IDEAS home Printed from https://ideas.repec.org/
MyIDEAS: Login to save this paper or follow this series

Central Banks as Lenders of Last Resort - Trendy or Passe?

From Henry Thornton (1802), through Walter Bagehot (1873) until Ralph Hawtrey (1932), the lender of last resort function was central to the theory of central bank behaviour. In that role, the bank was urged to aid individual banks in times of crisis, but also and crucially to provide liquidity to the market. In modern circumstances, banking systems are subject to a degree of regulation and oversight that did not exist before the Great Depression, and the first element in the lender of last resort's role has become rather unimportant. The latter element remains crucial in dealing with financial crises, however, even in a world in which, in normal times, monetary policy is executed through interest rates rather than the reserve base.

If you experience problems downloading a file, check if you have the proper application to view it first. In case of further problems read the IDEAS help page. Note that these files are not on the IDEAS site. Please be patient as the files may be large.

File URL: http://economics.uwo.ca/epri/workingpapers_docs/wp2004/Laidler08.pdf
Download Restriction: no

Paper provided by University of Western Ontario, Economic Policy Research Institute in its series University of Western Ontario, Economic Policy Research Institute Working Papers with number 20048.

as
in new window

Length:
Date of creation: 2004
Date of revision:
Handle: RePEc:uwo:epuwoc:20048
Contact details of provider: Postal: Economic Policy Research Institute, Social Science Centre, University of Western Ontario, London, Ontario, Canada N6A 5C2
Phone: 519-661-2111 Ext.85244
Web page: http://economics.uwo.ca/research/research_papers/epri_workingpapers.html

No references listed on IDEAS
You can help add them by filling out this form.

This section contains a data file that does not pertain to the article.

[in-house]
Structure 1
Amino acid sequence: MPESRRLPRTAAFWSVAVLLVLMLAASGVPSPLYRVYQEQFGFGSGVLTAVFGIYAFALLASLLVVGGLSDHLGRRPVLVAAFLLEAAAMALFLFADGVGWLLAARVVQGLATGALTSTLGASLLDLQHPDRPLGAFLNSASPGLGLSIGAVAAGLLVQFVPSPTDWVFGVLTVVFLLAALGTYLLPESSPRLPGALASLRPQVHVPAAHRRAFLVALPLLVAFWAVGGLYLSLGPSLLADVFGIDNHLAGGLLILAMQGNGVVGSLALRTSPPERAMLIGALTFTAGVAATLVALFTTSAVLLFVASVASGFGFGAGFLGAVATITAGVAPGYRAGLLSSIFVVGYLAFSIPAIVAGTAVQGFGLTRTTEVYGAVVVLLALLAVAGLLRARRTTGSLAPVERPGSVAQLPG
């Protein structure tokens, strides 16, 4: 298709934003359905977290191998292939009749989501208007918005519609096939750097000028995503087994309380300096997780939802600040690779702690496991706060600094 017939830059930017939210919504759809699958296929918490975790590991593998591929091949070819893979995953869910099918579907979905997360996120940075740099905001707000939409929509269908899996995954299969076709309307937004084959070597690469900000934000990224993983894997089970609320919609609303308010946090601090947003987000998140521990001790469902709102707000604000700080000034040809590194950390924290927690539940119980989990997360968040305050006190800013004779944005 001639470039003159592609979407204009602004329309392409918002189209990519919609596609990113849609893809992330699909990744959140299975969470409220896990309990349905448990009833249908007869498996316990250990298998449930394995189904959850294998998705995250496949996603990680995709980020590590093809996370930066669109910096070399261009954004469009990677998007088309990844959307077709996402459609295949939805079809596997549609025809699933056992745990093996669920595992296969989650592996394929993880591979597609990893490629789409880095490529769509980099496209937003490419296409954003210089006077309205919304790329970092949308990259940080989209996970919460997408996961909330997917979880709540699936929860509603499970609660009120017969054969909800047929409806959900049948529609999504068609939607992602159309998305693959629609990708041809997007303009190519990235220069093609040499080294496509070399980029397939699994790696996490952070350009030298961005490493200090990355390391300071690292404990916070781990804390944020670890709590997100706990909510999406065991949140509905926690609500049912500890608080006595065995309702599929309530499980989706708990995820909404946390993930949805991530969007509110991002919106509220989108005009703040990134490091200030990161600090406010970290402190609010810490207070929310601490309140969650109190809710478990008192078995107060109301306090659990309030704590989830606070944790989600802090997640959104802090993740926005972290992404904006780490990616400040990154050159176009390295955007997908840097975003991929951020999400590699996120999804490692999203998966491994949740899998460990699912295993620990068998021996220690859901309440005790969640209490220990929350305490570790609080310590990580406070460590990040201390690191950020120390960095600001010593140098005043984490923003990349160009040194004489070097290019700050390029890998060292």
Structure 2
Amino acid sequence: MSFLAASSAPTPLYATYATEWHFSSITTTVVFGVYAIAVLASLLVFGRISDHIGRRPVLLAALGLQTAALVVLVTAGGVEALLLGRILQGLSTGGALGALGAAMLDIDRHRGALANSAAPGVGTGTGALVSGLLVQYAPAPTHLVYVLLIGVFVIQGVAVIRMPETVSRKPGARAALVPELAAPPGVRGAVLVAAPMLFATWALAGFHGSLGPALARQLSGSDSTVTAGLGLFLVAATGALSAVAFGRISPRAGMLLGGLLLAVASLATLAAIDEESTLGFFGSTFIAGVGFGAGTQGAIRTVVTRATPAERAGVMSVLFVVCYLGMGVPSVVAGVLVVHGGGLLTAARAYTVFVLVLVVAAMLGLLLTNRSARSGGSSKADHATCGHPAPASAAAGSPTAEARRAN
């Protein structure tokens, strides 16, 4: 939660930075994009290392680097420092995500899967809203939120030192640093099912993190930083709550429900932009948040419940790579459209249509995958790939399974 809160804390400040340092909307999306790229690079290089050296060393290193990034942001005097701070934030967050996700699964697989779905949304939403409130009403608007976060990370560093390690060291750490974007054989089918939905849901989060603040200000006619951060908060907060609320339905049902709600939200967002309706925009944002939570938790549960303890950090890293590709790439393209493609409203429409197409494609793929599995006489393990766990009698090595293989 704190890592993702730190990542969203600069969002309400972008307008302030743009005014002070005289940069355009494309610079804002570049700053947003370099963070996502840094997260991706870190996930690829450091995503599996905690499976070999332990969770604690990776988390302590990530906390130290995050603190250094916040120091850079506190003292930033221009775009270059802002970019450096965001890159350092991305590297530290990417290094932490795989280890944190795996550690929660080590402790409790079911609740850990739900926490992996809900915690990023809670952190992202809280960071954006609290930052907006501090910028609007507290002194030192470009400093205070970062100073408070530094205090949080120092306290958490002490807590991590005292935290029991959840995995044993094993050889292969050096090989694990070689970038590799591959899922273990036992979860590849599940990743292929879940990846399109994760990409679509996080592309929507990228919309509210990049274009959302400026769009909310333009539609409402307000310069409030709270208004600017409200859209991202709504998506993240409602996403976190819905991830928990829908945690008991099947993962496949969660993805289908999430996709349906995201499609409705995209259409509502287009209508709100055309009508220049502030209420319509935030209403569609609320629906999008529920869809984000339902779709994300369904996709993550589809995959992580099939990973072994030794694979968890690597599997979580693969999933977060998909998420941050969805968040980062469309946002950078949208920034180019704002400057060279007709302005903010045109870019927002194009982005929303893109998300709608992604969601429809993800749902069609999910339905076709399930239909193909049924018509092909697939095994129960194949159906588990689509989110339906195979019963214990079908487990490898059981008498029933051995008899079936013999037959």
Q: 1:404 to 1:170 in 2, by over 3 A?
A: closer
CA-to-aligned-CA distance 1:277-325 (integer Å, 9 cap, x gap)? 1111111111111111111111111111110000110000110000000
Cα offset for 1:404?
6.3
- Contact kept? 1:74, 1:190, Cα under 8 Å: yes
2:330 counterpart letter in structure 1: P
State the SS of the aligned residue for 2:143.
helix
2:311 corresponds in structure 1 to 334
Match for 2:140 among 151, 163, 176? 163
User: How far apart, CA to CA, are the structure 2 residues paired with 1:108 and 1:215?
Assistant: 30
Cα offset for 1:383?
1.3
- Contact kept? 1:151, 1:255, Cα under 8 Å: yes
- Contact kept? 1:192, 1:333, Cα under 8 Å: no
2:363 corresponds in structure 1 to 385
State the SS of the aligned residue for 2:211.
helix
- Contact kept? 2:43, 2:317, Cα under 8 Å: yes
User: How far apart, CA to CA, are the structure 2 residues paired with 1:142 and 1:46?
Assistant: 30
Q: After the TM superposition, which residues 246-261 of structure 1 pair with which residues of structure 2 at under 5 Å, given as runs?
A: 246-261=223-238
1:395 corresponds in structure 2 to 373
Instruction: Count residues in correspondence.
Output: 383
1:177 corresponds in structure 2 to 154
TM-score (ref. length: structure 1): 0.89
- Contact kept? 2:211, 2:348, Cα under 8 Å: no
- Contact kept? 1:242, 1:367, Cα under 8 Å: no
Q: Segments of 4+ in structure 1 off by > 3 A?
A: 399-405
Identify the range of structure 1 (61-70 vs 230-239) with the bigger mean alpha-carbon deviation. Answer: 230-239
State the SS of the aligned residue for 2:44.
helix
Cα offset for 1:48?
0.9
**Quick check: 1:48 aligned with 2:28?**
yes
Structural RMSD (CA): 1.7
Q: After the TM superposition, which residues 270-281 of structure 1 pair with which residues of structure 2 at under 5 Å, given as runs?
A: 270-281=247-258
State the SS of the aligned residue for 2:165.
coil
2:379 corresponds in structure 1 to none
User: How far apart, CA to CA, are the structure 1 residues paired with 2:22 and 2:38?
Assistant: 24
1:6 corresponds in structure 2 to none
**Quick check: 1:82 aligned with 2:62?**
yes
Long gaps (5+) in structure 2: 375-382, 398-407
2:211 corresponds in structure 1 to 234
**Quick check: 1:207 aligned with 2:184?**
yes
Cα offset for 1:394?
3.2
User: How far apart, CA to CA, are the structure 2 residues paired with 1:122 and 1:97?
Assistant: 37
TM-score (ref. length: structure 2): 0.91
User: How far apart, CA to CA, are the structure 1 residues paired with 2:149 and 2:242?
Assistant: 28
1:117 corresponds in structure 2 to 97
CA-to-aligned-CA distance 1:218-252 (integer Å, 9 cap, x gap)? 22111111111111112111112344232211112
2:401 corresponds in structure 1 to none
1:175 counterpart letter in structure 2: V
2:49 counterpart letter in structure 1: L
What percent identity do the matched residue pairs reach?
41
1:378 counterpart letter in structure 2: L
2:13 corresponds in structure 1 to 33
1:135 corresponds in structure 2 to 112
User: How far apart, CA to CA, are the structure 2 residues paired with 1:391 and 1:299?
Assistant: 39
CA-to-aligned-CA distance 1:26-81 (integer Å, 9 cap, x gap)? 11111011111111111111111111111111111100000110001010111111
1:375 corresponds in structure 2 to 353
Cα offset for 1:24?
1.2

This item is not listed on Wikipedia, on a reading list or among the top items on IDEAS.

When requesting a correction, please mention this item's handle: RePEc:uwo:epuwoc:20048. See general information about how to correct material in RePEc.

For technical questions regarding this item, or to correct its authors, title, abstract, bibliographic or download information, contact: ()

If you have authored this item and are not yet registered with RePEc, we encourage you to do it here. This allows to link your profile to this item. It also allows you to accept potential citations to this item that we are uncertain about.

If references are entirely missing, you can add them using this form.

If the full references list an item that is present in RePEc, but the system did not link to it, you can help with this form.

If you know of missing items citing this one, you can help us creating those links by adding the relevant references in the same way as above, for each refering item. If you are a registered author of this item, you may also want to check the "citations" tab in your profile, as there may be some citations waiting for confirmation.

Please note that corrections may take a couple of weeks to filter through the various RePEc services.

This information is provided to you by IDEAS at the Research Division of the Federal Reserve Bank of St. Louis using RePEc data.